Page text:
Call for Proposals: Queens of England

With the upcoming series 'Queens of England', we speak with the editors behind the series, Dr. Elena (Ellie) Woodacre and Prof. Louise J. Wilkinson, to discuss the sort of material they are looking to include and what's inspired the collection. 

About the series and subject area:

What inspired you to put this series together?
Inspired by the excellent ‘Rainhas de Portugal’ series which has demonstrated the market for approachable academic queenly biographies (Rainhas de Portugal), the purpose of this new series is to provide a comprehensive, academic biography for each of the queens of England. While particular queens, such as Eleanor of Aquitaine, or regnant queens, such as Elizabeth I and Victoria, have been the focus of both academic and popular biographies, many queens across all periods of English history have been overlooked or lack an up-to-date, rigorous examinations of their lives. Given the growth of queenship and royal studies, a renewed interest in women’s history in this anniversary year of female suffrage, and the international appeal of the British monarchy, 2018 is the ideal moment to launch a new series to celebrate and investigate the lives of these important female figures in our national history.
What sort of books are you looking to include within the series and what issues do you hope to address?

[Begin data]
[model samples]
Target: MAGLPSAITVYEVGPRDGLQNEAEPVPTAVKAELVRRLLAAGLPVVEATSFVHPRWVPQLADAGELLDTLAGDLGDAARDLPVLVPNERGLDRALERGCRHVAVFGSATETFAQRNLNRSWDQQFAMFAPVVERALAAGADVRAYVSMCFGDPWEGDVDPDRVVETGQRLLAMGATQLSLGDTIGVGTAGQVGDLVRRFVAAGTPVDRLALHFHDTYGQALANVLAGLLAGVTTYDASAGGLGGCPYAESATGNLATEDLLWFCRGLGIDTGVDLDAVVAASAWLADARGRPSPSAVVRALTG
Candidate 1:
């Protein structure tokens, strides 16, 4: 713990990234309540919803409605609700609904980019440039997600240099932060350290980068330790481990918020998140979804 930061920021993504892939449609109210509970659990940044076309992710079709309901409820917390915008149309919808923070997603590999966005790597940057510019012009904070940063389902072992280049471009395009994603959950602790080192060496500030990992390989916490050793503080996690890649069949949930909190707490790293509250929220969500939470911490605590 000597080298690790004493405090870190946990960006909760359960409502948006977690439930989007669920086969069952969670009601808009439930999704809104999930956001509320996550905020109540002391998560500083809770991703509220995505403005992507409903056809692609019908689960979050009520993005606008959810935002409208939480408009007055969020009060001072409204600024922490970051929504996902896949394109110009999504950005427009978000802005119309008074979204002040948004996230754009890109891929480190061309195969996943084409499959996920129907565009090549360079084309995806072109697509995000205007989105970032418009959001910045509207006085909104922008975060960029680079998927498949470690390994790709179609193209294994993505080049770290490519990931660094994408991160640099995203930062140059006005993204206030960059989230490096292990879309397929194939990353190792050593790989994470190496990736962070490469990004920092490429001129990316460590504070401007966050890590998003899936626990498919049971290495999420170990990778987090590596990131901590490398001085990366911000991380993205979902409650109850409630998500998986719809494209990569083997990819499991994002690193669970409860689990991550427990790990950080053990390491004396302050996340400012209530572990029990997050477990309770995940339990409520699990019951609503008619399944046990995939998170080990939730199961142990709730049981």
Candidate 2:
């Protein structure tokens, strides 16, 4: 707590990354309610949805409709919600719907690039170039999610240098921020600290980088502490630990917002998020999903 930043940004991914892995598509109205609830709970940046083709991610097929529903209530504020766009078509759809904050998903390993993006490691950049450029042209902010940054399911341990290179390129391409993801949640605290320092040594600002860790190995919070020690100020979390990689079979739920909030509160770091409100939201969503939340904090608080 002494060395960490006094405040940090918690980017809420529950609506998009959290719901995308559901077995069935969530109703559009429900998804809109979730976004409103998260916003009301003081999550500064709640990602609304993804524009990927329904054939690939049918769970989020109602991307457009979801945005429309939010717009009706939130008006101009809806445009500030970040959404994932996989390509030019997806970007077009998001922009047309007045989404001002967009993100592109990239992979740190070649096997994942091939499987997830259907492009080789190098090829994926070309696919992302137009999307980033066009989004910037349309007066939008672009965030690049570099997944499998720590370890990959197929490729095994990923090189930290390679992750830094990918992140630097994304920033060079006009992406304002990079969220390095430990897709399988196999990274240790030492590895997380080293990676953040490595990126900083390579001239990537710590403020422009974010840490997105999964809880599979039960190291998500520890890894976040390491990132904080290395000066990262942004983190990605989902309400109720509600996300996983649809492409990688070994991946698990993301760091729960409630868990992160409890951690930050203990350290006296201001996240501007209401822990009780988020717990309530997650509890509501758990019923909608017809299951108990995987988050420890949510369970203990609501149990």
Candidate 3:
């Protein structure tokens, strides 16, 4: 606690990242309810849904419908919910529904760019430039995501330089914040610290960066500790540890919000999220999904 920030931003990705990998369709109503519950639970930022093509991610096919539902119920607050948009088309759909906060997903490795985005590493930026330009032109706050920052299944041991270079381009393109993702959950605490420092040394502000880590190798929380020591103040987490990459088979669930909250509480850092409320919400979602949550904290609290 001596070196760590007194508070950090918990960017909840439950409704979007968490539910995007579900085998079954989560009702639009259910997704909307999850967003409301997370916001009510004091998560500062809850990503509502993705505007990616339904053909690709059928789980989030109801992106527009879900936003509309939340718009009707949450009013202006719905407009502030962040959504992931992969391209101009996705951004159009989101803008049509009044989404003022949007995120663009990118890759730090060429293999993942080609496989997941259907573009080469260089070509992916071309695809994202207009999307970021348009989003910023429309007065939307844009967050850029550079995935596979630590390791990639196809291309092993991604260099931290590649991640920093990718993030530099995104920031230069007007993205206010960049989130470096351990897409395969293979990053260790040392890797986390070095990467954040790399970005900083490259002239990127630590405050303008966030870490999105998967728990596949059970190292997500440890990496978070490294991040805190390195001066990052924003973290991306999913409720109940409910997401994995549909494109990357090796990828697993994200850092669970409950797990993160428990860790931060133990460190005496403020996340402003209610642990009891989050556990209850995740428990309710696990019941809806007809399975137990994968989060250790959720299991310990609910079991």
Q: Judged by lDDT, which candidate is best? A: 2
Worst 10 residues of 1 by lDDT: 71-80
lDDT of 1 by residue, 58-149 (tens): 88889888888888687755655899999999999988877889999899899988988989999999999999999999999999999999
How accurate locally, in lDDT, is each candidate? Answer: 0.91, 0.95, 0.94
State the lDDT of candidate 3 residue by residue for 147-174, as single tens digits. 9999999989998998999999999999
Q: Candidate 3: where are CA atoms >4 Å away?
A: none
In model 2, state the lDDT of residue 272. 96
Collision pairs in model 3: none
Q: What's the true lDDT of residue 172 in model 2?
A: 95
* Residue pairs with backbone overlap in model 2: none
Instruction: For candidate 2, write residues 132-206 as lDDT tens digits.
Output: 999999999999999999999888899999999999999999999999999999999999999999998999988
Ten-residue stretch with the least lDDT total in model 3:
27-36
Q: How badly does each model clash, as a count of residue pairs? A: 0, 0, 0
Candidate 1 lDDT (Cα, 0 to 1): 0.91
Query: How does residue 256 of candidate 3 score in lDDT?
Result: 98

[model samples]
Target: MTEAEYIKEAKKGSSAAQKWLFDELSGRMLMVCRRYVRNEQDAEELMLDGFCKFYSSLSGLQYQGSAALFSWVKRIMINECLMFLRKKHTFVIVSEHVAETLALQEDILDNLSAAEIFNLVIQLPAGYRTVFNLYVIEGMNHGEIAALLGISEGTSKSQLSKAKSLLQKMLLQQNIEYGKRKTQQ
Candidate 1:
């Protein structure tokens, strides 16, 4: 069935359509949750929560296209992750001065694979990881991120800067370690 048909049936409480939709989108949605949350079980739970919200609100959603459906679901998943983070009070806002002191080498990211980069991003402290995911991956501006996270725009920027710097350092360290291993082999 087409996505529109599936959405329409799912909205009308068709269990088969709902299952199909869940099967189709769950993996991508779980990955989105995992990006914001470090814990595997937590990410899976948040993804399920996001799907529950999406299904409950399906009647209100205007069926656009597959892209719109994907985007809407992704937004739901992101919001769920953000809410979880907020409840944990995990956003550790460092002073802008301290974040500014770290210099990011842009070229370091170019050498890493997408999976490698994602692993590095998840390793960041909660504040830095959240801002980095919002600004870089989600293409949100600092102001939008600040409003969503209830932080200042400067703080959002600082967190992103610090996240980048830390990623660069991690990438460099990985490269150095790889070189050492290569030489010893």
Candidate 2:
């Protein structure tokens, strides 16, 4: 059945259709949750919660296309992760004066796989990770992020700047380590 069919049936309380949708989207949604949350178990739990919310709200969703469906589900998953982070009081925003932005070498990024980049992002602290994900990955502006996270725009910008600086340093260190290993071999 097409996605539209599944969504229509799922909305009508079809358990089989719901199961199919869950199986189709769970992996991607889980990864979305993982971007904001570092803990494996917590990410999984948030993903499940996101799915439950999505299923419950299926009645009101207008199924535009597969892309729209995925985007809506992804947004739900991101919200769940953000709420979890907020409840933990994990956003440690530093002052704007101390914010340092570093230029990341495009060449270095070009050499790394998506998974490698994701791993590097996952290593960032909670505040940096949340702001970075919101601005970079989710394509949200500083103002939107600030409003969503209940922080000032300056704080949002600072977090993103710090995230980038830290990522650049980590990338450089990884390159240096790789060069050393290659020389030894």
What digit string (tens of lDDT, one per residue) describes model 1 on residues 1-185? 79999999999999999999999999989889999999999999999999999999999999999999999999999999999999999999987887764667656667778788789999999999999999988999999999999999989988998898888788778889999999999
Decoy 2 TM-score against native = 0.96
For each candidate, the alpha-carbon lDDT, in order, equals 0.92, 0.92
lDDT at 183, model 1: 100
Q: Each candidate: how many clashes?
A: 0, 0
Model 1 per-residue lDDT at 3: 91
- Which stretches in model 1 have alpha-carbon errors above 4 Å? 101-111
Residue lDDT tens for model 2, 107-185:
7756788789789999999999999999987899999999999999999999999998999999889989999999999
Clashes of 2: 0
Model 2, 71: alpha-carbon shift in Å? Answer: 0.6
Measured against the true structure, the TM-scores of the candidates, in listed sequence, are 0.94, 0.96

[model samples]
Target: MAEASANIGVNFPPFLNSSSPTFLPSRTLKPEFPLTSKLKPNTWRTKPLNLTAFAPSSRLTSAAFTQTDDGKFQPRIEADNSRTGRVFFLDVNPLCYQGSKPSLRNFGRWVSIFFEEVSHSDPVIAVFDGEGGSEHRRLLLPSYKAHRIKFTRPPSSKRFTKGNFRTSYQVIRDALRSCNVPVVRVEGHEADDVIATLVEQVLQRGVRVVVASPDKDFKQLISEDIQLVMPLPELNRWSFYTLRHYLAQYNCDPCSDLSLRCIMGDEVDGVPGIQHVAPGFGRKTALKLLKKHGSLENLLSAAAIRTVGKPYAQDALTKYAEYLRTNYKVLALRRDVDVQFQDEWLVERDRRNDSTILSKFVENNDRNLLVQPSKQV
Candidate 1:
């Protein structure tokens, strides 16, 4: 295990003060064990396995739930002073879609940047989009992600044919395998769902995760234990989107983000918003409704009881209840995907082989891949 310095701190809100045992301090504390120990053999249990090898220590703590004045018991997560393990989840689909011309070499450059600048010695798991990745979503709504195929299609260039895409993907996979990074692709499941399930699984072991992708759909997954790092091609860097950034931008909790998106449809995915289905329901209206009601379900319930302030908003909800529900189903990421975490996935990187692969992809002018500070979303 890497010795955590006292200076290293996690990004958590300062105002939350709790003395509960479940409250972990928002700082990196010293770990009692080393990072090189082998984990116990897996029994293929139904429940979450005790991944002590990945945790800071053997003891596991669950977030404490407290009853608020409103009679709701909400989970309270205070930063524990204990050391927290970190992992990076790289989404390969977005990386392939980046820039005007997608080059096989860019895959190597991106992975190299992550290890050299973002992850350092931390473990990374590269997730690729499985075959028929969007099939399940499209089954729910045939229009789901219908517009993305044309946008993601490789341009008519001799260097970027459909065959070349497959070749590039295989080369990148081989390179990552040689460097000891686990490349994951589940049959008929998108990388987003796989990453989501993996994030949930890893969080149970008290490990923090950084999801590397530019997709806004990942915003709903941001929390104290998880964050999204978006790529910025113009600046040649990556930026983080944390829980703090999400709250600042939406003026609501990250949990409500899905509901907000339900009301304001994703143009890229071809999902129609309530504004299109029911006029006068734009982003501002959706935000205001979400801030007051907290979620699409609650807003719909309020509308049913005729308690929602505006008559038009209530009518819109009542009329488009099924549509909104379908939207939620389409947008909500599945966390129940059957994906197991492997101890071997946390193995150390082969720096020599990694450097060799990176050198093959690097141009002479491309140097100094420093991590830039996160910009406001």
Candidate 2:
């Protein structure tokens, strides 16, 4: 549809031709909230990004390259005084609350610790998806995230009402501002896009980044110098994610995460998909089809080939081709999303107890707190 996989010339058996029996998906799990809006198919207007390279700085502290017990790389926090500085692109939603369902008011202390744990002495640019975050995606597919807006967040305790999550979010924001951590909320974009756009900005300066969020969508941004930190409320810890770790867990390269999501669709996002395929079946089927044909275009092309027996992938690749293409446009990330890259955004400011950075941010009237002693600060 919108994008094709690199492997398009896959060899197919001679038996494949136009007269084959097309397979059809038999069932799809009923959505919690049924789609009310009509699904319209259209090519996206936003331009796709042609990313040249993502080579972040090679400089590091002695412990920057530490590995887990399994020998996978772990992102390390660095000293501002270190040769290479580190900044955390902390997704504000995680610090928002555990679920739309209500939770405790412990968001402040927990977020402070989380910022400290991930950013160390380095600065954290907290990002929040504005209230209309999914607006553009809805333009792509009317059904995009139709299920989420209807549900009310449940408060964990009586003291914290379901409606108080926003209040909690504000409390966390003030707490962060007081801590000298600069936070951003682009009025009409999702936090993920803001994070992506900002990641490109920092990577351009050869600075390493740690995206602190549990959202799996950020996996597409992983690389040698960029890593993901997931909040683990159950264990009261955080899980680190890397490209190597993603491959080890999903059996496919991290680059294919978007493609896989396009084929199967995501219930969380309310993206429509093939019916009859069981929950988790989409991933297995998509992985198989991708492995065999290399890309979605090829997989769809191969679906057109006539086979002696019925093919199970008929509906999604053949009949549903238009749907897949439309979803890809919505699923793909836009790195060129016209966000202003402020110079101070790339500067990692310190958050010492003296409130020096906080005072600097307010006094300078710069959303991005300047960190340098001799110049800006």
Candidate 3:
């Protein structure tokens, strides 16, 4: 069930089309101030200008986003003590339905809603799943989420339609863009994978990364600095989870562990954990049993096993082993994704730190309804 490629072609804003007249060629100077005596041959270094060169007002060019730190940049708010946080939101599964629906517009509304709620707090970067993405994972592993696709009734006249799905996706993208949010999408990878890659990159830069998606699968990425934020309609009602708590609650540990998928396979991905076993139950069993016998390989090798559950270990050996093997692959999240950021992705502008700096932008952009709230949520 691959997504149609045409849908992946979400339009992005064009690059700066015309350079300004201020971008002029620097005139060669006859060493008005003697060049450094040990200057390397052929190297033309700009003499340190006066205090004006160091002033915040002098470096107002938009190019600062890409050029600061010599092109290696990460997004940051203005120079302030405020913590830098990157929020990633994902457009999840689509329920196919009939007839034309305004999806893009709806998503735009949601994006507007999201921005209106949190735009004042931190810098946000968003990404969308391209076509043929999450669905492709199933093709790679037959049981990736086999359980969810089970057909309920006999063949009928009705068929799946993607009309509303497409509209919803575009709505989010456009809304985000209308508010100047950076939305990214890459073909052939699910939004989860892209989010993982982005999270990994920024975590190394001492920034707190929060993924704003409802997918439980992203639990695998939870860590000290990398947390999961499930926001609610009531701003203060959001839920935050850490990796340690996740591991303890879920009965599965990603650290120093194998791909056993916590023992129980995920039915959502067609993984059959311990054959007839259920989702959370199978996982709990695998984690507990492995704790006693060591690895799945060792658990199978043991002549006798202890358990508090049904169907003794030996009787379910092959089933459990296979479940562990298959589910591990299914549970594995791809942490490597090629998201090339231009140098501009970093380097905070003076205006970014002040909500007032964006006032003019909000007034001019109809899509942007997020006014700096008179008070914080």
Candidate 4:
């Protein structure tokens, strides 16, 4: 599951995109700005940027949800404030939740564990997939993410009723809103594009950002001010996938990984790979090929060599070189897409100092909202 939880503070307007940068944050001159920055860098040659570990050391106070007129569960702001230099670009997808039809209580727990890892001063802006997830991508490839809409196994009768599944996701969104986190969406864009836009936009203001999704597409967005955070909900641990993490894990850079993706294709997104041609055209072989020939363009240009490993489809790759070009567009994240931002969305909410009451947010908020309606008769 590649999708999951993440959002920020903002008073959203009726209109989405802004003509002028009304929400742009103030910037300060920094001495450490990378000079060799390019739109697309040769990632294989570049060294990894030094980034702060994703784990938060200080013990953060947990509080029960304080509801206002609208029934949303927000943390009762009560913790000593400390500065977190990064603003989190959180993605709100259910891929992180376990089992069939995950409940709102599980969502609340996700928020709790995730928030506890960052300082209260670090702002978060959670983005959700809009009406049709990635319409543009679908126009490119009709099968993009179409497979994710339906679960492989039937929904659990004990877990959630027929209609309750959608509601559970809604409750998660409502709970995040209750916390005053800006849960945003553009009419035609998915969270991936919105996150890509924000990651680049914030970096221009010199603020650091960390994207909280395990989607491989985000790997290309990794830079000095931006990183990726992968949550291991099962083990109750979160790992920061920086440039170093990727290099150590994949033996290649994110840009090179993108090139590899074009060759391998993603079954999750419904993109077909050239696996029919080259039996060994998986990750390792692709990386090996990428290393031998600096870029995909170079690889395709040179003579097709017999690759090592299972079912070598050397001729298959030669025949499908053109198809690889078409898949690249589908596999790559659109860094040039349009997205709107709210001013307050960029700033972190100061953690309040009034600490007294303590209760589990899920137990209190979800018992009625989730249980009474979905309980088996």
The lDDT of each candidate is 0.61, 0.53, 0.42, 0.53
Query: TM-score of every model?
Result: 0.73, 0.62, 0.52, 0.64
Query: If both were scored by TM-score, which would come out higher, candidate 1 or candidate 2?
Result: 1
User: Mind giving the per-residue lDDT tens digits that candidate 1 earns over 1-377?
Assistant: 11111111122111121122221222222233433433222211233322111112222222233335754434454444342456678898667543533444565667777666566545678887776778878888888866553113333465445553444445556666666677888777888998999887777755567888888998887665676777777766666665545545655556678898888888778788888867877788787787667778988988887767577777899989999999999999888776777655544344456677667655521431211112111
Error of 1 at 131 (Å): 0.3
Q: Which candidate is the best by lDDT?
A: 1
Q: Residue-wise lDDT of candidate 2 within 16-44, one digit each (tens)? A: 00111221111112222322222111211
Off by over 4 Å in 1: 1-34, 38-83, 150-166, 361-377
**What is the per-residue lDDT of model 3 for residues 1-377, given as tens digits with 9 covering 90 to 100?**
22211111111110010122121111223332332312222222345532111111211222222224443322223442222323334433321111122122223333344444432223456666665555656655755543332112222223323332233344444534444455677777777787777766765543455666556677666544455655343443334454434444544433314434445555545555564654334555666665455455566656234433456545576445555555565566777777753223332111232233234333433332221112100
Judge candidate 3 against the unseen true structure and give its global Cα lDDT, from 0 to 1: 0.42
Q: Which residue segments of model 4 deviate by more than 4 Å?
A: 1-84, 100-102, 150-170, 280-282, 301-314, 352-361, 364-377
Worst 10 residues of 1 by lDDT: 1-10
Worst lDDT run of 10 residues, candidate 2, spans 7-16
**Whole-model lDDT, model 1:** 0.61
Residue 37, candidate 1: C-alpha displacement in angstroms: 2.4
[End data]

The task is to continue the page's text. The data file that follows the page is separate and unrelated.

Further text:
The ‘Queens of England’ series provides scholarly, yet approachable biographies of more than 50 regnant and consort queens as well as women who were nearly queens but for the vagaries of fate such as Charlotte, Princess of Wales, Sophia Dorothea of Celle and the Empress Matilda. These new queenly biographies are underpinned by extensive academic research, including the original investigation of documentary sources, but formulated to be readable, as well as highly informative. All books in this series are more than ‘traditional’ biographies; they are framed to contextualize queens in terms of the political landscape that they lived in and explore the full parameters of the office of queen in terms of their image, their lifestyle, their resources, their cultural, religious and political patronage, and their relationships both with the royal court and family and with their subjects and peers.